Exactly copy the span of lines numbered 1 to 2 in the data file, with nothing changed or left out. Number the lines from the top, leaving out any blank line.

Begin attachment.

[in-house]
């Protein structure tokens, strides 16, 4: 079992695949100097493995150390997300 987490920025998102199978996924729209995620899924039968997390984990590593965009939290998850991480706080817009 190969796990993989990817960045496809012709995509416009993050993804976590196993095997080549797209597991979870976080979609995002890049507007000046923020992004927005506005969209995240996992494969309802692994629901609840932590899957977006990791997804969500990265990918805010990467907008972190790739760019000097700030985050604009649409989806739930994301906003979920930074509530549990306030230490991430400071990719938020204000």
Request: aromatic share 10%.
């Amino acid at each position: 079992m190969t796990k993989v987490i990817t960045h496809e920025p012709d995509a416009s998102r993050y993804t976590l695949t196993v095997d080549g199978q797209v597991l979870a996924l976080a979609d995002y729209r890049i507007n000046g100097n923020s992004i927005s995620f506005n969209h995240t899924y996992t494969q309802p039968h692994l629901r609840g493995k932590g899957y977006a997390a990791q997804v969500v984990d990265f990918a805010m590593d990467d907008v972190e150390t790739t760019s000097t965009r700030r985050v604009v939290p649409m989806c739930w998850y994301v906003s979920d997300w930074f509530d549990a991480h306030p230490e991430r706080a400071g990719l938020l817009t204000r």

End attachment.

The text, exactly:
[in-house]
């Protein structure tokens, strides 16, 4: 079992695949100097493995150390997300 987490920025998102199978996924729209995620899924039968997390984990590593965009939290998850991480706080817009 190969796990993989990817960045496809012709995509416009993050993804976590196993095997080549797209597991979870976080979609995002890049507007000046923020992004927005506005969209995240996992494969309802692994629901609840932590899957977006990791997804969500990265990918805010990467907008972190790739760019000097700030985050604009649409989806739930994301906003979920930074509530549990306030230490991430400071990719938020204000």